• 7
    October 5, 2011 - 12:41 | Permalink

    I apologize for using the shortcuts… 🙂
    I mean ,why not we work on a single table after fetching whole data in a memory??
    Actually ,I am the fresher and interested to build my career in Qlikview. That’s need some help.

  • 8
    April 16, 2012 - 13:29 | Permalink

    Hi Barry,
    QsGen and QlikView Visual Script Generator have been re branded to QVScriptor.
    The 2012 Version have a lot of enhancements in comparison with the first version that you tested.
    We encourage you to have a look to the new version that have drastically changed with the new ETL Mappings, a Drag & Drop script generator. Also some basic reverse engineering is available and a nice feature called snippets, that help you to insert and share some scripts parts.
    Have a nice day, John

  • 9
    May 31, 2012 - 17:50 | Permalink

    We are pleased to announce you QVScriptor 2012

    This new release contains a lot of new features like process designer, QVD Incremental Load,
    Reverse engineering etc.

    A 14 days full evaluation is available to download at http://www.qvscriptor.com

    We are also looking for partners in some remaining countries so do not hesitate to apply for.

    QvScriptor Team

    • 10
      February 1, 2014 - 19:38 | Permalink

      That’s BS too. No download available anywhere.

  • 11
    February 1, 2014 - 19:36 | Permalink

    Your download link is broken. Maybe you forgot to pay your hosting bill. Bummer!

    • 12
      February 6, 2014 - 18:16 | Permalink

      Hi Adolfo,

      You can now find the new re-branded QsGen (QVScriptor) at http://www.qvscriptor.com
      If you got any questions, please do not hesitate to drop us an email.


  • 13
    April 2, 2014 - 17:25 | Permalink

    Your opinion about ETL with SQL,T-SQL, PL/SQL is ridiculous. In fact you have 10 times longer development times with so called ETL tools instead of getting your PL/SQL code generated out of the database. I need 3 seconds for getting an ETL job done with a Code generator and every job looks like the other, no typos, no problems with naming conventions, just other tables and columns. How fast are you with OWB, ODI, BODI, DataStage, Informatica and other crap? Have fun “drawing” your code!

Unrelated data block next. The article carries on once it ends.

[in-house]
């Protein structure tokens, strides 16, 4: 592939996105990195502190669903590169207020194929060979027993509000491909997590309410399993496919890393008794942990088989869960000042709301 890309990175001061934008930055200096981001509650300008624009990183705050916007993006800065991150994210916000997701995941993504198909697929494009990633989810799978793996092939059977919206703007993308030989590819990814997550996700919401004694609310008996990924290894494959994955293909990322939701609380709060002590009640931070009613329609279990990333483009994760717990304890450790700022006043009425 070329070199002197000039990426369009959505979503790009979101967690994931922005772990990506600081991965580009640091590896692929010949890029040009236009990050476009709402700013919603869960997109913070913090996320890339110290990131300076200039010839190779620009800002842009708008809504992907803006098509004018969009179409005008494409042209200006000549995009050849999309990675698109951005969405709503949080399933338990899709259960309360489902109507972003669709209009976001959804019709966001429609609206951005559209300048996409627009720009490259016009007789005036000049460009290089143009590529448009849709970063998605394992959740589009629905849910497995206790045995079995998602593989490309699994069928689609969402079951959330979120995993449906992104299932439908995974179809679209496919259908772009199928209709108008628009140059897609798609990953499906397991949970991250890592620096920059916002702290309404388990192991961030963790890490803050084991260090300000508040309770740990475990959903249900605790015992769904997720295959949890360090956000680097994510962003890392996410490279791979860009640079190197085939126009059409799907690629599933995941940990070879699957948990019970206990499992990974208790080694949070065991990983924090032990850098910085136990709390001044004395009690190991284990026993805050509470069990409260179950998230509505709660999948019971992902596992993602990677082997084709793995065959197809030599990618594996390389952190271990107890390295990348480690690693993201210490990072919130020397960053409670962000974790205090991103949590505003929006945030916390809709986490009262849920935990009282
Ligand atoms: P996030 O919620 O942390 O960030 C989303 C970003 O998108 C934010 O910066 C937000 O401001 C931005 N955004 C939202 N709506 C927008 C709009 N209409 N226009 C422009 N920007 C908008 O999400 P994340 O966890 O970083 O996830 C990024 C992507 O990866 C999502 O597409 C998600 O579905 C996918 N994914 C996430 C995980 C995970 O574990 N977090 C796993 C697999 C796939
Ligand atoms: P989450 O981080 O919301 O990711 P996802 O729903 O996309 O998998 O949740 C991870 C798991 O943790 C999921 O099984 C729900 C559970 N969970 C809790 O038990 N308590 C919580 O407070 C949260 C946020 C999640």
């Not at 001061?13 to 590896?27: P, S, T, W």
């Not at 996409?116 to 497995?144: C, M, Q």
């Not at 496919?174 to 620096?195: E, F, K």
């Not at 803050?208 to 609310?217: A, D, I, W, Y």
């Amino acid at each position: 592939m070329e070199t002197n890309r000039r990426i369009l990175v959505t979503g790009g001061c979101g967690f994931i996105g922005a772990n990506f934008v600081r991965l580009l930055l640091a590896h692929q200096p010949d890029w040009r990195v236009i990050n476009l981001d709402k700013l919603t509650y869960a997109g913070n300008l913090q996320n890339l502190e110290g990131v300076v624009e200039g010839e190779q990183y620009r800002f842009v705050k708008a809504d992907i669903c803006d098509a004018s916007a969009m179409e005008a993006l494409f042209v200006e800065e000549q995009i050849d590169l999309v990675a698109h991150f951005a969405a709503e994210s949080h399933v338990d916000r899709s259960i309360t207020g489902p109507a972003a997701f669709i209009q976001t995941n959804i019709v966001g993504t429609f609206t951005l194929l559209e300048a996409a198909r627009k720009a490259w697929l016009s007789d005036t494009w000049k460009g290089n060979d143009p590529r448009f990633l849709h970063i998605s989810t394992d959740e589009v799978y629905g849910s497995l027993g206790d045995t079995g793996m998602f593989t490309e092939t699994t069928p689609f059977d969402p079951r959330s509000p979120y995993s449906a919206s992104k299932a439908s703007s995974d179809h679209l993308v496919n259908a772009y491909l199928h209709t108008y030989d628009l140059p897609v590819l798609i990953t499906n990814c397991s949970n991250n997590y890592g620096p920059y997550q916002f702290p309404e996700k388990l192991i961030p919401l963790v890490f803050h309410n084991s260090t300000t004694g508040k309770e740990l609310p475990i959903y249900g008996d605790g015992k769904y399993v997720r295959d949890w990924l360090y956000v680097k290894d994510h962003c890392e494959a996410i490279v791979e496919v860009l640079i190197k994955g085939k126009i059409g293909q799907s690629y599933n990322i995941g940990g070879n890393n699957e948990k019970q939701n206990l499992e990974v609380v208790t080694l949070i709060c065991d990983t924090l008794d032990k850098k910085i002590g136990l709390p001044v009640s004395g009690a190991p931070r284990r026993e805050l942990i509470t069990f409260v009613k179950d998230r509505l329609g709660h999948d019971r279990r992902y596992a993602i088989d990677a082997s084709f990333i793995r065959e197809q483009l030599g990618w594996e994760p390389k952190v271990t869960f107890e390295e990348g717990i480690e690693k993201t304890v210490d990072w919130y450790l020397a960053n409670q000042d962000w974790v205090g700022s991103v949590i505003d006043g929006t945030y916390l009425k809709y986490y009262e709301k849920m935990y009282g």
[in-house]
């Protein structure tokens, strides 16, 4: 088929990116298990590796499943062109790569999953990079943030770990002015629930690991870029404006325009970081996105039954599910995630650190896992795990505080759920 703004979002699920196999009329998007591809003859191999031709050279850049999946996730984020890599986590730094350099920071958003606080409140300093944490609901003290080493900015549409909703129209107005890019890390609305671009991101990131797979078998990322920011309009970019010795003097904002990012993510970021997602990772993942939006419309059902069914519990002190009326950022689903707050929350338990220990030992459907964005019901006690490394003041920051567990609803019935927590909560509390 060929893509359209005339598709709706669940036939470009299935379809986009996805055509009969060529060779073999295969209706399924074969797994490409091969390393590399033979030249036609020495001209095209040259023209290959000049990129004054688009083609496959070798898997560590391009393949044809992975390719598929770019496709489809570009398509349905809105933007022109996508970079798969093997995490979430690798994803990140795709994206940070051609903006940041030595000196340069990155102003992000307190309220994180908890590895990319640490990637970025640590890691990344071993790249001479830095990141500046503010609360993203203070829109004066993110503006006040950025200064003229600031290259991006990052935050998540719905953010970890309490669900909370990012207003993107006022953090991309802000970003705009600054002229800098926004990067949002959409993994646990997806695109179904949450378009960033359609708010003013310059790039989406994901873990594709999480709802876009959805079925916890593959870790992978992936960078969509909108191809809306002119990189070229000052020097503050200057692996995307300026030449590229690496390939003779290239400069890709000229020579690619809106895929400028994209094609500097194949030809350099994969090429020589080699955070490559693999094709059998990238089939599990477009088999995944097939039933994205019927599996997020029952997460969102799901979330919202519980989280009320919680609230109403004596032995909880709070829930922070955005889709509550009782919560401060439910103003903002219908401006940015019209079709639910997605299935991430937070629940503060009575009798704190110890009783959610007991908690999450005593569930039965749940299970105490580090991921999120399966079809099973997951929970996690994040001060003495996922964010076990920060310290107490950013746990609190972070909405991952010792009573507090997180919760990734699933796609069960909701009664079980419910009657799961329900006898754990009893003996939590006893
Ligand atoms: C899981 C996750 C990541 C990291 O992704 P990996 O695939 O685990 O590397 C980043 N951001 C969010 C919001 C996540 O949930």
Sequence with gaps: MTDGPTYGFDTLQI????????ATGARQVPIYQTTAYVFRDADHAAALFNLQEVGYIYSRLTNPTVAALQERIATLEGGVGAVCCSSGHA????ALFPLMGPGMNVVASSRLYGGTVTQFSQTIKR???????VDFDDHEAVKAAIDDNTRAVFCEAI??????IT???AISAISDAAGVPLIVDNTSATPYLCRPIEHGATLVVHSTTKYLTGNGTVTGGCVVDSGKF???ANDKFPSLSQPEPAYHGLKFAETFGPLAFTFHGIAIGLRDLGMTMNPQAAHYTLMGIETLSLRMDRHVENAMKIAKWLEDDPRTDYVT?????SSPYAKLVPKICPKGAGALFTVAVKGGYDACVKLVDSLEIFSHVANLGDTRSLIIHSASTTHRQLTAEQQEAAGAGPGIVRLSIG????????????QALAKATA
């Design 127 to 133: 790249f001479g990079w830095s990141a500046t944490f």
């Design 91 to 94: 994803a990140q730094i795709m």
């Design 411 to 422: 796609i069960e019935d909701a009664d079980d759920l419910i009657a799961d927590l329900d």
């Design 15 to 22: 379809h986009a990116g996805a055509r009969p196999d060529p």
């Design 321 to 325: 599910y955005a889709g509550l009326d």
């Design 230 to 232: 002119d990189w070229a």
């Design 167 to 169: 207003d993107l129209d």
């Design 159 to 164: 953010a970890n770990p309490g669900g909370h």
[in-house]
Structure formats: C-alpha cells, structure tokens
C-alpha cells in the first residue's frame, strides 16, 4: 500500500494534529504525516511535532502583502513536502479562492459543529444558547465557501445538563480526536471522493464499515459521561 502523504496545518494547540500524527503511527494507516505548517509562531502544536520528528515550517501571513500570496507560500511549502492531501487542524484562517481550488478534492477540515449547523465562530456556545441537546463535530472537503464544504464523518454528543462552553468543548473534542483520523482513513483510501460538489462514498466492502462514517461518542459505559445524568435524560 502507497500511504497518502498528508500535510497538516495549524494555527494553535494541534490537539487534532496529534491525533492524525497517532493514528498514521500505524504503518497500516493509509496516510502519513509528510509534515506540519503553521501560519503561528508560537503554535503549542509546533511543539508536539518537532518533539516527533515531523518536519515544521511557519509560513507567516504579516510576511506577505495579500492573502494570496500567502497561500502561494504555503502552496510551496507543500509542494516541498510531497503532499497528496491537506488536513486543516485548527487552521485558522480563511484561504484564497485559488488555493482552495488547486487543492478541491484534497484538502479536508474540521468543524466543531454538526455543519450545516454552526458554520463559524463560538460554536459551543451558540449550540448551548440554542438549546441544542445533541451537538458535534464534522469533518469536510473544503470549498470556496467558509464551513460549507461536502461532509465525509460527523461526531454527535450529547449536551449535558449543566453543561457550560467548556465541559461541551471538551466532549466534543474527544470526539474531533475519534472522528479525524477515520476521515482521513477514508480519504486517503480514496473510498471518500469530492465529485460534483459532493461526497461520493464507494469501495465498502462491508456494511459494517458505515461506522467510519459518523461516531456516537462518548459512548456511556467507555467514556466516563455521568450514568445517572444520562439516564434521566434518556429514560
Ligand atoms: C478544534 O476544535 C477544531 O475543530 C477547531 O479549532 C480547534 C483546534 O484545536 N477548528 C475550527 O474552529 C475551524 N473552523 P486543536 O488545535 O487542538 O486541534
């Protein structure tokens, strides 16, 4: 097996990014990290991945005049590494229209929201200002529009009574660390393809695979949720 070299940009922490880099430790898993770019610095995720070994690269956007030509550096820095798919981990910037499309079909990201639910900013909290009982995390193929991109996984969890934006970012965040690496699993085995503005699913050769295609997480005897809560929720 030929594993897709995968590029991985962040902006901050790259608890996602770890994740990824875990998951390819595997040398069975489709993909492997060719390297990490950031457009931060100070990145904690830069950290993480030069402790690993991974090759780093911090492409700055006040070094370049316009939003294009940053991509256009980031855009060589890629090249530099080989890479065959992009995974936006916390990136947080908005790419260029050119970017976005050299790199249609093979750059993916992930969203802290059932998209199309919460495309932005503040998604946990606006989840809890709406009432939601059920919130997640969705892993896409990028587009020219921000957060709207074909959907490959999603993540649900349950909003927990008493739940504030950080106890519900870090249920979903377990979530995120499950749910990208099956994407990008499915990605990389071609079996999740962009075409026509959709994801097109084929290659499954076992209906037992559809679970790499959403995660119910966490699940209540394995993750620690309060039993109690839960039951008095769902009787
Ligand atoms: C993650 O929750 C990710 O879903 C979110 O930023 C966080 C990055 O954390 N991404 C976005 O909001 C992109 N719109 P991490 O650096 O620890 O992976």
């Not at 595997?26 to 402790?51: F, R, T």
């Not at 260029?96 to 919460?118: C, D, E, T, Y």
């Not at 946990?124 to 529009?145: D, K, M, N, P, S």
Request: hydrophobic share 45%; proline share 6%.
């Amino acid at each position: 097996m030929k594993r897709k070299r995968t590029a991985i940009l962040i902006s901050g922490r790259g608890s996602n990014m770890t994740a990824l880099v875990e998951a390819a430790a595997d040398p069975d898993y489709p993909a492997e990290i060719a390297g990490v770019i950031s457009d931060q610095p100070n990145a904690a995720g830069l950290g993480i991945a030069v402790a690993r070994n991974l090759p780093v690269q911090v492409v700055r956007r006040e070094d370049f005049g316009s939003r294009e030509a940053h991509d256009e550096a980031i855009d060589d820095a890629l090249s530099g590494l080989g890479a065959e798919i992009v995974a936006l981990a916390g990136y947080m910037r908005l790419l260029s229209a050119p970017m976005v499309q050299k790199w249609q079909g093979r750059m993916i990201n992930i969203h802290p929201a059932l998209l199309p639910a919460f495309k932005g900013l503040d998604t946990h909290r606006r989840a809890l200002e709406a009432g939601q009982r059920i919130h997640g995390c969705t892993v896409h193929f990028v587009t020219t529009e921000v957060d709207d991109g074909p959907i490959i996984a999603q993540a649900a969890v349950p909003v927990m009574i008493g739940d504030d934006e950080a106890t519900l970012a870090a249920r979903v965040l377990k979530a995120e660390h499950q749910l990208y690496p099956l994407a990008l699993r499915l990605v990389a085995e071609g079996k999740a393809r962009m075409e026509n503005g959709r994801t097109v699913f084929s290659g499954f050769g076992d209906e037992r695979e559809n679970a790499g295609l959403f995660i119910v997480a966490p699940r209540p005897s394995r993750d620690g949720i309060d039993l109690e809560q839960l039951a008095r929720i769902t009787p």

• 14
      April 2, 2014 - 23:20 | Permalink

      Wow, did my DBA description hit a little too close to home for you? 🙂

      Anyway, when I am referring to PL/SQL etc., I am talking about the handwritten kind, not the generated kind. It is an analogy to the (very often) handwritten scripts in QlikView.

      In fact, I can very much appreciate DWH automation and strife to generate/automate things as much as possible. Especially using modeling methods which lend themselves well to being automated such as Data Vault.


  • 15
    April 3, 2014 - 09:11 | Permalink

    No, cause I am not a DBA and for sure I don´t look like you described them. It´s just about ETL-tools. Why do people think those tools are helpful or better than writing/generating code? I will tell you: Because there code looks terrible. And there datamodels too.

    But I agree: You can script your application to death and you can do the same using tools. A fool with a tool is just a fool. And a fool with a programming language is just a fool as well.

    There are so many disadvantages of ETL tools but people like you never see them:
    – They are expensive, you need additional hardware/servers, installations, partner companies, “consultants” not even aware of simple SQL.
    – ETL tools actually never can´t be faster than the database, because in the end you will always need the database for writing your data into it. The opposite is true: Tools like Datastage using row by row dml like in cursors really suck. OWB generates thousands of lines of PL/SQL code, so why should one use it, when you can do the same with 100 lines.
    – You can´t generate jobs, like I can do with code generators. So you have to “draw” every job. Get your jobs done by 5 consultants and you will have 100 different types of jobs, unable to maintain.
    – Every transformation being more complicated than upper/lower becomes an obstacle, no use of analytic sql (window functions), slow lookups instead of left joins, too less functionality, transformations are not visible in one place, but they are shown in hundred places (like Transformers, boxes, windows) instead of using a database view and SQL to make your transformations fit on one screen. Have fun searching for an error!
    – Due to that: very long development times and cost, unstable and slow ETL.

    Summary: It´s more expensive, has less functionality than the database, takes more time to develop, is slower, is unable to maintain, because your developers never follow the rules, no generation, but manual development. I´ve used a lot of them: OWB, ODI, Datastage, SSIS, Pentaho, it´s all the same crap. Use it if you want to, but I will tell you: Generated PL/SQL is the only right way to do ETL!


  • 16
    June 26, 2015 - 18:05 | Permalink

    Hi Steve,

    The Download QlikView Script Generator is broken.


  • 17
    June 26, 2015 - 18:06 | Permalink

    Hi Steve,

    The LINK to Download QlikView Script Generator is broken.


    • 18
      June 27, 2015 - 07:16 | Permalink

      Hi Sree,

      You can now find the new re-branded QsGen (QVScriptor) at http://www.qvscriptor.com
      If you got any questions, please do not hesitate to drop us an email.